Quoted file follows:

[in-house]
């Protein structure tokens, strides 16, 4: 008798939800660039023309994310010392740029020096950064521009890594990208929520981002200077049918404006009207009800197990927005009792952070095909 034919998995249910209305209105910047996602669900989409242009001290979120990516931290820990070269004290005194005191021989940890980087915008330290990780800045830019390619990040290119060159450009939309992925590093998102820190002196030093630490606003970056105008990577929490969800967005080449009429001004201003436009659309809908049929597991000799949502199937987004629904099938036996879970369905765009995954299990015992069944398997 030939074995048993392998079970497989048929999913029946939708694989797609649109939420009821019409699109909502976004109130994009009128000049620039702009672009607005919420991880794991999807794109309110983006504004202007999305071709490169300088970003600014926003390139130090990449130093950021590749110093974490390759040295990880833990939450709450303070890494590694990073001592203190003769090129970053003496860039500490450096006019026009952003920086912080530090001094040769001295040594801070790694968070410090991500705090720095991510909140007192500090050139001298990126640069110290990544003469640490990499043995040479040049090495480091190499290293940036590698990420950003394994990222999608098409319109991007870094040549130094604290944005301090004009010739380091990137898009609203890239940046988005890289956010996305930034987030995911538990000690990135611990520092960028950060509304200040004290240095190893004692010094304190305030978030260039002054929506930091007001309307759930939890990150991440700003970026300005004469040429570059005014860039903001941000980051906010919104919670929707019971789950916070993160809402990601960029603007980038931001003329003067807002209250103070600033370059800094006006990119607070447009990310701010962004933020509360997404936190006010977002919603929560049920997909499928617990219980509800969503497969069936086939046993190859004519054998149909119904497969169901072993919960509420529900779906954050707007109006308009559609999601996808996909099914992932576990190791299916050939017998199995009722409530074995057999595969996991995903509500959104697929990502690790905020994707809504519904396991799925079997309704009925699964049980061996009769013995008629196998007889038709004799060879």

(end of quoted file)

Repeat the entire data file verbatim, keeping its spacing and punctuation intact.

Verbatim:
[in-house]
């Protein structure tokens, strides 16, 4: 008798939800660039023309994310010392740029020096950064521009890594990208929520981002200077049918404006009207009800197990927005009792952070095909 034919998995249910209305209105910047996602669900989409242009001290979120990516931290820990070269004290005194005191021989940890980087915008330290990780800045830019390619990040290119060159450009939309992925590093998102820190002196030093630490606003970056105008990577929490969800967005080449009429001004201003436009659309809908049929597991000799949502199937987004629904099938036996879970369905765009995954299990015992069944398997 030939074995048993392998079970497989048929999913029946939708694989797609649109939420009821019409699109909502976004109130994009009128000049620039702009672009607005919420991880794991999807794109309110983006504004202007999305071709490169300088970003600014926003390139130090990449130093950021590749110093974490390759040295990880833990939450709450303070890494590694990073001592203190003769090129970053003496860039500490450096006019026009952003920086912080530090001094040769001295040594801070790694968070410090991500705090720095991510909140007192500090050139001298990126640069110290990544003469640490990499043995040479040049090495480091190499290293940036590698990420950003394994990222999608098409319109991007870094040549130094604290944005301090004009010739380091990137898009609203890239940046988005890289956010996305930034987030995911538990000690990135611990520092960028950060509304200040004290240095190893004692010094304190305030978030260039002054929506930091007001309307759930939890990150991440700003970026300005004469040429570059005014860039903001941000980051906010919104919670929707019971789950916070993160809402990601960029603007980038931001003329003067807002209250103070600033370059800094006006990119607070447009990310701010962004933020509360997404936190006010977002919603929560049920997909499928617990219980509800969503497969069936086939046993190859004519054998149909119904497969169901072993919960509420529900779906954050707007109006308009559609999601996808996909099914992932576990190791299916050939017998199995009722409530074995057999595969996991995903509500959104697929990502690790905020994707809504519904396991799925079997309704009925699964049980061996009769013995008629196998007889038709004799060879």